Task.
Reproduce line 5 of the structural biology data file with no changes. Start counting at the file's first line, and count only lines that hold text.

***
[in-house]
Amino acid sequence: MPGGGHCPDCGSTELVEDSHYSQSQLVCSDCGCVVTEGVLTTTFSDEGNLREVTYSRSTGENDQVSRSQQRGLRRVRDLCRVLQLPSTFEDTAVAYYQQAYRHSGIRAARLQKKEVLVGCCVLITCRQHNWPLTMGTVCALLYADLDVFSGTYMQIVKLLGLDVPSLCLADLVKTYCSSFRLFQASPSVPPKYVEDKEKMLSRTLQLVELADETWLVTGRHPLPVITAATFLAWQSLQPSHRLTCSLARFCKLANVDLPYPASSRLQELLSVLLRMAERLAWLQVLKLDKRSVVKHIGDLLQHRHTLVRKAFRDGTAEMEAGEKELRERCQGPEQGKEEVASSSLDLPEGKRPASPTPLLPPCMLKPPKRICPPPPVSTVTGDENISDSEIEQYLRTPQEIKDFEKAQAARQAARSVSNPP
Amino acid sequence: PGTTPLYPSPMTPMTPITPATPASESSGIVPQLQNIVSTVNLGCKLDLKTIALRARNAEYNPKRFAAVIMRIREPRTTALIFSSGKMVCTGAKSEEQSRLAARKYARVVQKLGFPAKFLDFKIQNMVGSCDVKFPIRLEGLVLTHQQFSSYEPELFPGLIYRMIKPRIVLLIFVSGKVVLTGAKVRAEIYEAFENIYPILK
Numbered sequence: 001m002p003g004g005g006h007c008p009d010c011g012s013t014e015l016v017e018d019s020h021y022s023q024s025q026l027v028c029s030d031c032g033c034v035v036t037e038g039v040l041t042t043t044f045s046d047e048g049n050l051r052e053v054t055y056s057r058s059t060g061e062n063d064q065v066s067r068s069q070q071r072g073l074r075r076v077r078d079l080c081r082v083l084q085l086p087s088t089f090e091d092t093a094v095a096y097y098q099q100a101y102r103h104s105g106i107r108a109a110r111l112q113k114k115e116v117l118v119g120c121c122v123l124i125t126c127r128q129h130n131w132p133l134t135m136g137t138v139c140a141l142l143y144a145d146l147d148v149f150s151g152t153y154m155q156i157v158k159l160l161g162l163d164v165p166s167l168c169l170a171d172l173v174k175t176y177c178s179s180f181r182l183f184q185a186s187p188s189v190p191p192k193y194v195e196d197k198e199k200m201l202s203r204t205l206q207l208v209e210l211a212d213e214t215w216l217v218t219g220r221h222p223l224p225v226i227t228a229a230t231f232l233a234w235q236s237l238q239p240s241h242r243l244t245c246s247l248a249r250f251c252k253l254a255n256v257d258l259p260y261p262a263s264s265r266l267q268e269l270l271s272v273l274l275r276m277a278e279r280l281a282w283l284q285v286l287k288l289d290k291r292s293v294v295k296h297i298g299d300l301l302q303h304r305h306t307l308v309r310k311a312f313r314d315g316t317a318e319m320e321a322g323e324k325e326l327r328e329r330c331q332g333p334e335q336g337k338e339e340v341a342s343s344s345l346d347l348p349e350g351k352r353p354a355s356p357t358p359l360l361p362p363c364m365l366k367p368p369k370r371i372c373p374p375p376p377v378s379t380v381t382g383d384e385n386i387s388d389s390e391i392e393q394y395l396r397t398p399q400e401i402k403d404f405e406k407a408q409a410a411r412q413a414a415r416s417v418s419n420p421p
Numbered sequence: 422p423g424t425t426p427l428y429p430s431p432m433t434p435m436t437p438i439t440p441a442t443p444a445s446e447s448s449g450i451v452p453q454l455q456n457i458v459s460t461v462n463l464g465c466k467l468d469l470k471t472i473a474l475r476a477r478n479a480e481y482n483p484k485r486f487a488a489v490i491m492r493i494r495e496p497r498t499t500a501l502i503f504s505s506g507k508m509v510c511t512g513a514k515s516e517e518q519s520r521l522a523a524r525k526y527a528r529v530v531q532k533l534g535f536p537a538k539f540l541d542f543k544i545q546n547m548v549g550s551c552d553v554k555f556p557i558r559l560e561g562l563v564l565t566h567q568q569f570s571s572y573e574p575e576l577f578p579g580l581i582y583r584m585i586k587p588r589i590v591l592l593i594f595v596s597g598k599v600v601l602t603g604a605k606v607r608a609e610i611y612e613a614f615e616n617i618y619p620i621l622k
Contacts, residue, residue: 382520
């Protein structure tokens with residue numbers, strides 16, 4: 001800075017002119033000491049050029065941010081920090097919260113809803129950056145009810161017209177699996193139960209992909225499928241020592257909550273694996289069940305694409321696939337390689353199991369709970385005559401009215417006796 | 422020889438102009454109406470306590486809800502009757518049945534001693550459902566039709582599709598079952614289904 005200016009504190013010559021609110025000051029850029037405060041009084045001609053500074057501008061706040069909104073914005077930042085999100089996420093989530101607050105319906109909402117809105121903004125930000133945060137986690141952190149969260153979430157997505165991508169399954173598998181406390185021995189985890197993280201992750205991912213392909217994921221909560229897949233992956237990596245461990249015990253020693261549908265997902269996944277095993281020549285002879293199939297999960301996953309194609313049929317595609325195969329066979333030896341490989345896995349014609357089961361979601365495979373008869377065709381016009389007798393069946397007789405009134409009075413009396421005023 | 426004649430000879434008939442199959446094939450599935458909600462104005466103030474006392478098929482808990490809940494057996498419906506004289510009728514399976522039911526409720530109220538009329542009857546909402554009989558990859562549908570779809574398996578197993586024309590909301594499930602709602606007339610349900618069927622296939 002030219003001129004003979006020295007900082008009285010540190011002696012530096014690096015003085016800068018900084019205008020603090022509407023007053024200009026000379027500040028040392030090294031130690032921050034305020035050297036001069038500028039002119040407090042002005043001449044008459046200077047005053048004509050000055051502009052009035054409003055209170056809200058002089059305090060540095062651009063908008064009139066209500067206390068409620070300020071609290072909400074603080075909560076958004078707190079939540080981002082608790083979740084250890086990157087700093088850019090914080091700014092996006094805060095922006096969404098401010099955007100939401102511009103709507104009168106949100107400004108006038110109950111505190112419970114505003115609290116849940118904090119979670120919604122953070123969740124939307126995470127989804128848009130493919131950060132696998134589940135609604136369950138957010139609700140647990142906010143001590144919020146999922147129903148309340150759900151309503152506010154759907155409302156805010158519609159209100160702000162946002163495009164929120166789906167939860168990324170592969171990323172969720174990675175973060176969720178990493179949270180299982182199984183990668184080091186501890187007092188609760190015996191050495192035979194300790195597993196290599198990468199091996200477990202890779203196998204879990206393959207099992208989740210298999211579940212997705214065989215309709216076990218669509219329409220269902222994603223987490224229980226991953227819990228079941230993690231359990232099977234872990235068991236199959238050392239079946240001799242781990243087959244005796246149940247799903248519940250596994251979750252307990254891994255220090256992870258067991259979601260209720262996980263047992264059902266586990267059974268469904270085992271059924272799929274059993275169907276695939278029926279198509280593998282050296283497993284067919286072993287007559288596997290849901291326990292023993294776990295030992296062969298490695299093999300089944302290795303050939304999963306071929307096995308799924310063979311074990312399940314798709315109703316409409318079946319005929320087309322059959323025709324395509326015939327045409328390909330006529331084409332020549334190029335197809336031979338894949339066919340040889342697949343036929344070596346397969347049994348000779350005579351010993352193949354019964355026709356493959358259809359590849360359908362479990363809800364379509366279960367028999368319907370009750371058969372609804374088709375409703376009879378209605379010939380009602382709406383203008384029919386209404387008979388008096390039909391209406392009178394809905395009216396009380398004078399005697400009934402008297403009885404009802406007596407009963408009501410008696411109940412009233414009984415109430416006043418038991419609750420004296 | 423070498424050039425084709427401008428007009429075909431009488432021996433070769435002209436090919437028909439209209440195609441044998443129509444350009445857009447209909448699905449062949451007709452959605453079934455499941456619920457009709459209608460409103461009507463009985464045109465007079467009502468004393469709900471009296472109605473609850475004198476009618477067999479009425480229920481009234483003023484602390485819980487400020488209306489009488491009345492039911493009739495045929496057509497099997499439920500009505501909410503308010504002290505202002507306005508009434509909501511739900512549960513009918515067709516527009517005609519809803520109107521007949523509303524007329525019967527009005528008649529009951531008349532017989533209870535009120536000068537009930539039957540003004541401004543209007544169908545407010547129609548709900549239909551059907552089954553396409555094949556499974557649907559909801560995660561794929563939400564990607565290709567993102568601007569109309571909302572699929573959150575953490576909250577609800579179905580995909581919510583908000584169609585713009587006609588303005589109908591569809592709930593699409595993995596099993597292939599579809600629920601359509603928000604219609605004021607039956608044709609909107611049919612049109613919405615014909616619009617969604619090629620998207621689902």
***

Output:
Numbered sequence: 422p423g424t425t426p427l428y429p430s431p432m433t434p435m436t437p438i439t440p441a442t443p444a445s446e447s448s449g450i451v452p453q454l455q456n457i458v459s460t461v462n463l464g465c466k467l468d469l470k471t472i473a474l475r476a477r478n479a480e481y482n483p484k485r486f487a488a489v490i491m492r493i494r495e496p497r498t499t500a501l502i503f504s505s506g507k508m509v510c511t512g513a514k515s516e517e518q519s520r521l522a523a524r525k526y527a528r529v530v531q532k533l534g535f536p537a538k539f540l541d542f543k544i545q546n547m548v549g550s551c552d553v554k555f556p557i558r559l560e561g562l563v564l565t566h567q568q569f570s571s572y573e574p575e576l577f578p579g580l581i582y583r584m585i586k587p588r589i590v591l592l593i594f595v596s597g598k599v600v601l602t603g604a605k606v607r608a609e610i611y612e613a614f615e616n617i618y619p620i621l622k